Diets of the Macropodidae inferred through Dental Microwear Texture Analysis

Author: Sam Arman

Arman, Sam, 2019 Diets of the Macropodidae inferred through Dental Microwear Texture Analysis, Flinders University, College of Science and Engineering

Terms of Use: This electronic version is (or will be) made publicly available by Flinders University in accordance with its open access policy for student theses. Copyright in this thesis remains with the author. You may use this material for uses permitted under the Copyright Act 1968. If you are the owner of any included third party copyright material and/or you believe that any material has been made available without permission of the copyright owner please contact with the details.


Kangaroos are the principal endemic vertebrate herbivores of Australia. Evolving in response to increasing aridity in the late Neogene, Pleistocene forms are dominated by two main groups; long-faced macropodines, and short-faced sthenurines. Differences in functional morphology suggest that diet differentiates these groups. Macropodine kangaroos possess high-crowned molars, inferred as an adaptative response to the wear produced by consuming abrasive grasses. In contrast the complex morphology of sthenurine molars is interpreted as an adaptation to browsing on tougher leaves of shrubs and other dicotyledonous plants. Skull length, which most obviously distinguish these groups is also considered a dietary adaptation. The longer diastema between the molars and incisors of macropodines assist in orally manipulating long grasses, while the shorter sthenurine skulls increase the forces of mastication required to break down tough browse.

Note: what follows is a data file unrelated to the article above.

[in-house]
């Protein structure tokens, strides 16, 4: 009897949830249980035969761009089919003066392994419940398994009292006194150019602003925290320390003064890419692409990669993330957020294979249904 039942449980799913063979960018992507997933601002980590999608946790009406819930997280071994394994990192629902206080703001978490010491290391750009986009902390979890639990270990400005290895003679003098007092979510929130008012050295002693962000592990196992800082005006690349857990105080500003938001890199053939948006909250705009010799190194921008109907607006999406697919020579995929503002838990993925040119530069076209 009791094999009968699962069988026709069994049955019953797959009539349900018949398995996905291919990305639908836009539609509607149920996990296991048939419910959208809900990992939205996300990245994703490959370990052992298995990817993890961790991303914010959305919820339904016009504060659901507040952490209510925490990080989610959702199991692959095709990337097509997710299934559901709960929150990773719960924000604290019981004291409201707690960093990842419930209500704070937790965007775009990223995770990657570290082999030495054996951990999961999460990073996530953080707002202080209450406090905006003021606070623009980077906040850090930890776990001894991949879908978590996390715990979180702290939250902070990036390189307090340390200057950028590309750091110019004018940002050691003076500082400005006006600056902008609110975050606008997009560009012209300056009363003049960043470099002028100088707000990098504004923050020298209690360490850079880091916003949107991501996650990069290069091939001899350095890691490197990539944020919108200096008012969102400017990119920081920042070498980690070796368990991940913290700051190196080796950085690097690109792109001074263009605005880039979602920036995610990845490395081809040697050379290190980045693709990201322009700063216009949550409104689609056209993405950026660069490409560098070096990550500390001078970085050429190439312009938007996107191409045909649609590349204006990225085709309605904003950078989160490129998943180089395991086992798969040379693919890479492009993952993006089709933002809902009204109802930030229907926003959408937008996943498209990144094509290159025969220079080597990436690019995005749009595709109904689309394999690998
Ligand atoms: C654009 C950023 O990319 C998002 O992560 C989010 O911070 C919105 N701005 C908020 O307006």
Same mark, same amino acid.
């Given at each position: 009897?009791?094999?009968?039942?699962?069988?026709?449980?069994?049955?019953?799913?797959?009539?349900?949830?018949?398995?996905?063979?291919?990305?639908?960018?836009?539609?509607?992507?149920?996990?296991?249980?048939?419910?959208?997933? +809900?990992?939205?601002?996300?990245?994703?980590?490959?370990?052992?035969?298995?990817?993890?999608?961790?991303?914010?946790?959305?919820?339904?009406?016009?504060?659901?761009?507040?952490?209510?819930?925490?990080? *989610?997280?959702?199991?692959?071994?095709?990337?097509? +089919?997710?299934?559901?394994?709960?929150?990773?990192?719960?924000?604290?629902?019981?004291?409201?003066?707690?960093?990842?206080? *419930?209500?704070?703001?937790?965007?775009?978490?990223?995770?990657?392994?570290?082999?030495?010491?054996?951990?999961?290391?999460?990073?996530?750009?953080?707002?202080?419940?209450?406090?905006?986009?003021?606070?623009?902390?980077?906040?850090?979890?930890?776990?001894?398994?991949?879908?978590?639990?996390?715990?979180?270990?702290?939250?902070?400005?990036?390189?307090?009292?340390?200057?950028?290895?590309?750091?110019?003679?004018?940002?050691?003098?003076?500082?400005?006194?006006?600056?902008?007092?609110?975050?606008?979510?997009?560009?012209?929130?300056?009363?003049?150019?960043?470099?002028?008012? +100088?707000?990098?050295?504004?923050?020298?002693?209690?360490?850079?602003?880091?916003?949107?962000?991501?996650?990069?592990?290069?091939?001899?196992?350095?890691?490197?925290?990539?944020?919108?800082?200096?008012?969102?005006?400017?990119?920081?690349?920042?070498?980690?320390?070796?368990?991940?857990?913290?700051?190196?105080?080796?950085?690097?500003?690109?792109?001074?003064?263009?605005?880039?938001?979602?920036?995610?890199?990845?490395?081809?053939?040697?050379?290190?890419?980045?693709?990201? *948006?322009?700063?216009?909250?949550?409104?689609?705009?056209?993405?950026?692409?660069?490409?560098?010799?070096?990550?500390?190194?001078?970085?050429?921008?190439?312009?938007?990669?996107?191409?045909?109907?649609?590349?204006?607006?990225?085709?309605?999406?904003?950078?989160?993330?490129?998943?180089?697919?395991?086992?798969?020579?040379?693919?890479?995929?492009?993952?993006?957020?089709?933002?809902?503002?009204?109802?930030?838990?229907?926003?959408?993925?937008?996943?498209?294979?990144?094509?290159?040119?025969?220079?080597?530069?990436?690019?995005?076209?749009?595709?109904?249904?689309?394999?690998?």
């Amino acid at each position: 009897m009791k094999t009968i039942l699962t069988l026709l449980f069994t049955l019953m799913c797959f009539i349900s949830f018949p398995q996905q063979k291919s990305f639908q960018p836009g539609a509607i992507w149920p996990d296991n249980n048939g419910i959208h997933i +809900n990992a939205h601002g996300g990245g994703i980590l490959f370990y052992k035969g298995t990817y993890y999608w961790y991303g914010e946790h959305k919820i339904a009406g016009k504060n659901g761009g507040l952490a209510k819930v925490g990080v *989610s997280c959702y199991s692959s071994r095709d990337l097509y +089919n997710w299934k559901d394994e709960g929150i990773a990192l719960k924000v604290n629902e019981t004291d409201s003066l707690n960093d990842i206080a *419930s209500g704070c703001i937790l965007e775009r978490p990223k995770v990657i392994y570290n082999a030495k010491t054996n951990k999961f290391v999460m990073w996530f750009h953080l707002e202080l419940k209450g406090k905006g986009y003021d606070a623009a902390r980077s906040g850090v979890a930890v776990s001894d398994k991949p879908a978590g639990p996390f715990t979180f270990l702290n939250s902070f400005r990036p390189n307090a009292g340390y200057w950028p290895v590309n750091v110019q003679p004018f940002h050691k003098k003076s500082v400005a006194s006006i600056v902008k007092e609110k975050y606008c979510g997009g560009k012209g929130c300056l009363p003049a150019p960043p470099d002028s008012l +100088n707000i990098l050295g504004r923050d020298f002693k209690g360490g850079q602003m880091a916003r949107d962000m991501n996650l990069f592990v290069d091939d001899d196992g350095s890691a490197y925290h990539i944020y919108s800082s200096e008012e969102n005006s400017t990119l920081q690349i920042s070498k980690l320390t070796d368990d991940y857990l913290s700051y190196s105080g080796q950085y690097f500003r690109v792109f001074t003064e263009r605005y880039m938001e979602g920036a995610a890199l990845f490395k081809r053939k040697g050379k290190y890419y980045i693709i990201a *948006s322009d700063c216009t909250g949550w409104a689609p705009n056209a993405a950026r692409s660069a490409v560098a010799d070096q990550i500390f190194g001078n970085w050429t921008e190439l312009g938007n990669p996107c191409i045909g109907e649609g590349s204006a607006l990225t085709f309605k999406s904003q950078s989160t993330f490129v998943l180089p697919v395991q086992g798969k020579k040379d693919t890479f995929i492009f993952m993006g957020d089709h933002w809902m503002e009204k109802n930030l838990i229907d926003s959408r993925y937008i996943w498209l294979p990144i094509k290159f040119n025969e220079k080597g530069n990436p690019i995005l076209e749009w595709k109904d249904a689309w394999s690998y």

Inferring diet through functional morphology is, however, limited. Morphology often may only reflect the most restrictive element of an animal’s diet. Moreover, it tells us little about finer-scale differences in diet within or between species. Such fine-scale differences are key to understanding more about these species. Greater understanding of diet can inform about niche partitioning, where different food resources are utilised by different species, facilitating greater regional diversity than competition would usually allow. Understanding dietary change over time can inform on how adaptable species are to changes in vegetation, and potentially feed into conservation of living kangaroos. A narrow diet may leave a species vulnerable to extinction, either directly through loss of that resource, or indirectly through flow-on effects of being bound to the physiological or geographical constraints of that resource. This has particular implications for sthenurine kangaroos, all of which went extinct in the late Pleistocene. Their extinction, alongside numerous other “megafaunal” groups, is the subject of ongoing debate in relation to the influence of climate change and human interaction. Understanding diets of sthenurines, as well as those of all kangaroos, may provide key information on these extinctions, and by understanding how plant resources have been used by different species in the past may help manage kangaroo populations today.